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Erratic weather condition

Once again, we are experiencing an erratic weather condition, a pattern that will likely persist because of the changing climatic situation of the world. Just a few months ago, weather experts warned the occurrence of the prolonged dry season, or what we call El Niño, in the Philippines, and this may last until early next year.

In fact, there were warnings of possible water shortage and rationing in Metro Manila, because the supply of water in several reservoirs in Luzon started to diminish. Such situation does not only threaten the water supply for domestic purposes, but including agriculture and industrial requirements, too.

While the government is preparing certain measures to combat the possible impacts of the El Niño, here comes typhoon Lando that began pouring light to moderate to heavy rains, in many parts of Luzon, including Metro Manila, since Saturday. In a way, this is a relief for the possible water shortage, since the much-needed rain refilled the different reservoirs. However, extreme conditions may occur once the water level of the dams exceeds their capacity, and the operators of these dams will be forced to release water that shall possibly cause severe flooding.

While I am preparing this piece yesterday morning, the Philippines' weather bureau, PAGASA,hoisted storm signal number 4 in Aurora province, where the typhoon is expected to make a landfall. Storm signal number 3 was up in Isabela, Quirino, Nueva Vizcaya, Nueva Ecija, Ifugao, northern Quezon, including Polillo Islands, while signal number 2 was raised in Cagayan, including Calayan and Babuyan group of islands, Benguet, Mountain Province, Abra, Kalinga, Apayao, Ilocos Norte, Ilocos Sur, La Union, Pangasinan, Zambales, Tarlac, Pampanga, Bulacan, Rizal, rest of Quezon, Camarines Norte and Metro Manila. Signal number 1 was declared in Batanes, Bataan, Cavite, Laguna, Batangas, Lubang Island, Northern Oriental Mindoro, Marinduque, Camarines Sur, Albay and Catanduanes. Flooding and landslide warnings were also issued in many parts of the typhoon-affected areas.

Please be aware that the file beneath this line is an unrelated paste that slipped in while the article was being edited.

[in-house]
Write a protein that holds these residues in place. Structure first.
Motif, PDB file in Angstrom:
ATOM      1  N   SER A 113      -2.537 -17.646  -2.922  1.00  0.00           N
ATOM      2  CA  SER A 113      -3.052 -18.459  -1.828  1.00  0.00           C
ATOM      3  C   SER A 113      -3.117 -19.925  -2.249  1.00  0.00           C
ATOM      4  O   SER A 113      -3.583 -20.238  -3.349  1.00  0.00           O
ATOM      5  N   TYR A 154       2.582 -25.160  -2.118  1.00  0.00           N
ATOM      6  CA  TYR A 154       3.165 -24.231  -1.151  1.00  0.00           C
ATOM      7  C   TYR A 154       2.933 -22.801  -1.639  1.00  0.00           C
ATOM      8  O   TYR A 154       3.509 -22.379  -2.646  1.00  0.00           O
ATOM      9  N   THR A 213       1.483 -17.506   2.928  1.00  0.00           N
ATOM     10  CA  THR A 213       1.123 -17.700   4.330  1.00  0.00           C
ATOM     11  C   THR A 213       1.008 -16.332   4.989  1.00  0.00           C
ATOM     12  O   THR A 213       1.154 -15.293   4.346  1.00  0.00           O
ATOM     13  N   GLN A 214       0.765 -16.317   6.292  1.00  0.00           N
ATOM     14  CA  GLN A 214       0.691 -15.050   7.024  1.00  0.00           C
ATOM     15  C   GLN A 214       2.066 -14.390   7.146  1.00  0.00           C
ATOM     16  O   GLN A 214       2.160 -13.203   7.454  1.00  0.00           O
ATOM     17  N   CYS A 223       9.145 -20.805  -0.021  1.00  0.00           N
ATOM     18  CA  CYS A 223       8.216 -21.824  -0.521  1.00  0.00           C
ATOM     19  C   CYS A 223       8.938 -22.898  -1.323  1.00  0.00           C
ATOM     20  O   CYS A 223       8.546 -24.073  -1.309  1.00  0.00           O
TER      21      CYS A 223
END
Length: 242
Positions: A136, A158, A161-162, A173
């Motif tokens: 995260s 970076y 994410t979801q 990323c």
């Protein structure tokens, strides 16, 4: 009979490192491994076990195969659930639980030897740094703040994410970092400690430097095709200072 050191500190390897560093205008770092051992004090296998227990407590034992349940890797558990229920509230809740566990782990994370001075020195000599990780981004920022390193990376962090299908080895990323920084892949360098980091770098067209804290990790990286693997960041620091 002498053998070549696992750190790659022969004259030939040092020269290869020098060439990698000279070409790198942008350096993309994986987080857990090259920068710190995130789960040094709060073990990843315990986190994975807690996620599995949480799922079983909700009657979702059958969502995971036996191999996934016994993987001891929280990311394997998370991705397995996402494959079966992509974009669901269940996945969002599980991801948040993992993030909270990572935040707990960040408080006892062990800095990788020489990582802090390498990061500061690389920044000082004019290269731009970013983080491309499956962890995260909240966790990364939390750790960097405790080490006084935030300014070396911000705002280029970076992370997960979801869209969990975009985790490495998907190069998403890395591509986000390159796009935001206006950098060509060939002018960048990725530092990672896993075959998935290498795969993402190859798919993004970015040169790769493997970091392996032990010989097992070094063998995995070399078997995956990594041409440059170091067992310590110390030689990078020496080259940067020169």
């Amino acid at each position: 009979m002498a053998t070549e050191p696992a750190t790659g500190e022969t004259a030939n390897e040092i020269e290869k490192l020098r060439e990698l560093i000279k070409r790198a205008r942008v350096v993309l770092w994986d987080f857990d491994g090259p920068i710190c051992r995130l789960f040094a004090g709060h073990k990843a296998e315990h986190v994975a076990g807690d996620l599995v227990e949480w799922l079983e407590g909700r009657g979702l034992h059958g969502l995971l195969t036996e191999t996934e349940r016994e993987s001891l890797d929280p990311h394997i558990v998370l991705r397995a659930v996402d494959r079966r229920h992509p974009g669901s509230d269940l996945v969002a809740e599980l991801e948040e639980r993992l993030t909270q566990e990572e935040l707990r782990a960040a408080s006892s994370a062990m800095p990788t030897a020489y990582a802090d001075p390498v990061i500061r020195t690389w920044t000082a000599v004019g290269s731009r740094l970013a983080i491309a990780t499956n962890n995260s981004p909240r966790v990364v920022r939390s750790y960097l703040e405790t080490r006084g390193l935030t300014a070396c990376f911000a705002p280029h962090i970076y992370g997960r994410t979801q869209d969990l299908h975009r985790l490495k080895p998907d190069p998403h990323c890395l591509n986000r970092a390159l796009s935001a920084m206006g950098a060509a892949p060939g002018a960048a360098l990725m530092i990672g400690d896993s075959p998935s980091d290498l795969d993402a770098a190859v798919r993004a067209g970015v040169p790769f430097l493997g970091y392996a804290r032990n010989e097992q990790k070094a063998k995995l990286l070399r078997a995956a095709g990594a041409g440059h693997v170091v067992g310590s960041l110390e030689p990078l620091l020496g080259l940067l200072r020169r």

The climate change phenomenon is a global concern that is already threatening the global community. In recent times, we witnessed devastations of severe magnitude due to natural hazards and risks, like typhoons, storm surges, and hurricanes. How can we ever forget typhoon Yolanda that battered numerous provinces in the country, and brought catastrophic circumstances that no one had probably imagined?

According to experts, the deteriorating quality of our environment is one of the major factors why natural hazards and risks are getting worst and extreme.

Our natural ecosystems, from the forests to marine ecosystems, have deteriorated through the years, and their values and roles in mitigating the impacts of natural hazards and risks are likewise affected. This is quite very unfortunate, especially in the Philippines, because we have been identified as one of the five countries in the whole world to be susceptible to natural hazards.

The voluminous emissions of greenhouse gases have been known as the leading cause to the irreversible destruction of the ozone layer, which supposedly helps regulate the climatic pattern of the Earth. This condition is already beyond repair, and the reason why it is very important, not only to prepare, but to include also the implementation of adaptation measures due to this phenomenon.

The term “climate proofing” surfaced due to the need of making sure that mitigation and adaptation strategies are incorporated in various development plans, programs, projects, and activities by both government and nongovernment institutions. *

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